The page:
Jeff Fletcher

    In Defense of Eppler

    I have written it many times, but I always like to see if I can boil it down even better. Eppler’s plan 1. The only way to be a consistent long term winner is to have a very good farm system. 2. The fast way to do that is to trade away your established players for prospects, lose a lot and get high draft picks. Arte doesn’t want to do that, partly because of his nature and his market and partly because he’s got Mike Trout. 3. The slower way to do that is build your farm system just through your own picks, international signings, etc. It means not trading your established players and it means not trading your prospects either. All you have to trade are impending FAs, which means the players you acquire won’t be that good. 4. Finally, you don’t spend big on prominent FAs until you’ve built the farm to the point that the team is close enough for the FAs to make a difference. In the meantime, you pick up short-term band-aid guys who are relatively cheap (and don’t cost draft picks), so you don’t get stuck with a big terrible contract that prevents you from being able to sign a big contract when you’re really ready. That’s what he’s doing. It’s not complicated. It’s not a secret. Whether it will work remains to be seen, because it’s not over.
  5. 15 points

    Pena, Canning, and Simmons to the IL

    He plays for the Angels
  6. 14 points

    Our current rotation

    That rotation sounds like one of Scotty's "sick rotation" posts in the minor league thread from 2016.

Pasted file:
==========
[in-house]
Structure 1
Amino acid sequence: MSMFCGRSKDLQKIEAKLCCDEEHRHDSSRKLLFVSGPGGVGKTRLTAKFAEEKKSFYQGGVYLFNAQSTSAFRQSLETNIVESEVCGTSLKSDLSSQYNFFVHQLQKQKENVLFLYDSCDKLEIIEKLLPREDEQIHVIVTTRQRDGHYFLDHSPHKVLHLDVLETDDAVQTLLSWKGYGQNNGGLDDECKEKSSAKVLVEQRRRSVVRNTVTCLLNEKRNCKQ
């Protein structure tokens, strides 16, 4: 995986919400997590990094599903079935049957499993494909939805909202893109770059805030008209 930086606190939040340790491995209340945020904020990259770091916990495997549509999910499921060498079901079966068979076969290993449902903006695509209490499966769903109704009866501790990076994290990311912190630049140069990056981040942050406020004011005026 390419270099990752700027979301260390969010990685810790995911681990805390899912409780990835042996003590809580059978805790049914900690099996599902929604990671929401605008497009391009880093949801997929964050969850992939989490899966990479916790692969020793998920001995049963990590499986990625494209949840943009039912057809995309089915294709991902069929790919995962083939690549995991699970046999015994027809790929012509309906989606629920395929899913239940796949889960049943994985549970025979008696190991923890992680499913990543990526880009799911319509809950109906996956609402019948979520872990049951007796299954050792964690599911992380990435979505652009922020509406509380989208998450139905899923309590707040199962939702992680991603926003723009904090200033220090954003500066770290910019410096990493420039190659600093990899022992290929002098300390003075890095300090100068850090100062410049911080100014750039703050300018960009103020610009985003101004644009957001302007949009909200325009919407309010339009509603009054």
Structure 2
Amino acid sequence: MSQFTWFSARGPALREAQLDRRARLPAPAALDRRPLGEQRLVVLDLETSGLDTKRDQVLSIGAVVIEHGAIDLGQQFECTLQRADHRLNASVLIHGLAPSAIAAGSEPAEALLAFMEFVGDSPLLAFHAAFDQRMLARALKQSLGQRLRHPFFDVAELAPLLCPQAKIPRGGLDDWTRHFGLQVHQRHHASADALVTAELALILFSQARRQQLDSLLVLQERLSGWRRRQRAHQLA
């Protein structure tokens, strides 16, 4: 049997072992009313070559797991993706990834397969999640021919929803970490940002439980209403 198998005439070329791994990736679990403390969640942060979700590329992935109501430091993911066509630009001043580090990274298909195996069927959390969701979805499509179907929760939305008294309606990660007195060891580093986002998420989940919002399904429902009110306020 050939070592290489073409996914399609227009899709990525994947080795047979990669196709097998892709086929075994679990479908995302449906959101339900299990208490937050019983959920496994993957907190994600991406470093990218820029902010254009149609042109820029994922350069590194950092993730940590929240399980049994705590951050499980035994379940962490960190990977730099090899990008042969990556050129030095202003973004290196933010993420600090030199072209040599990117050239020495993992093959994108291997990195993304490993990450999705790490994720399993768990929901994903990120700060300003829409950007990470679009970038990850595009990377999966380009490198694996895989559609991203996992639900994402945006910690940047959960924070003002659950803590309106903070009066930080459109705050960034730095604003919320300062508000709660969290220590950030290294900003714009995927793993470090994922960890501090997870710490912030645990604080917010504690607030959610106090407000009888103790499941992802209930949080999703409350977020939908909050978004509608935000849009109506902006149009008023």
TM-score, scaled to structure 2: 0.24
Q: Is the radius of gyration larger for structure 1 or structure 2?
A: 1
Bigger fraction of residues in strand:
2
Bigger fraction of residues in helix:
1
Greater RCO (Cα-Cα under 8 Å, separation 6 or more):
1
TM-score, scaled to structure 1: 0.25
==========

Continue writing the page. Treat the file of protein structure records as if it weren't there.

7. 12 points

    Get ready for Zack Godley

    With all due respect, Eppler's "kind of guys" have sucked balls this year. Ok, perhaps that wasn't very respectful.
  8. 11 points
  9. 11 points
    Inside Pitch

    In Defense of Eppler

    The Yankees comps would make a lot more sense if they were fielding a team similar to the Angels.. They werent. The Yankees weren't trying to dig themselves out of a hole created by a near decade of mismanagement. The Yankees went into the season with a significantly better/deeper team than the Angels. It's a testament to the job Cashman had already done. Three years from now I'm hoping the Angels are as well positioned as the 2019 Yankees were.
  10. 11 points
    Inside Pitch

    Griffin Canning

    This is probably a bigger deal than most believe it is. It's funny, whenever people talked about Skaggs they questioned his toughness, yapped about moving on from him and generally viewed him as a disappointment -- the reality was the dude was a source of inspiration for others admired for his toughness and considered by most to be one of those "glue" type players that keeps it all together.. It's hilarious because people tend to watch games, inject their little league experiences into it and think they know whats up and that they somehow are in tune with the players, and the clubhouse If the Skaggs tragedy taught us anything its that no matter what you think you're seeing, we really don't know shit. Griffin Canning has looked utterly devastated at times.. I imagine it's hard enough to try to break into MLB without also having to deal with the loss of someone that obviously made a pretty significant impact on him, regardless of how much time they spent together.
  11. 10 points

    Time to Abandon the Opener

    The Angels are only competing for a draft position at this point. F*ck the opener and the fear of "third time through the lineup" and let the kids pitch, let the coaches coach and hopefully someone can figure how to use a 2 strike count to the pitcher's advantage.. Just play some old school baseball for the rest of the year. I think every pitchers goal should be to learn how to get through the lineup three times because it opens up more opportunities and expands their repertoire. F*ck the stats......the remaining part of the season should focus on the young pitchers learning how to be successful at the major league level.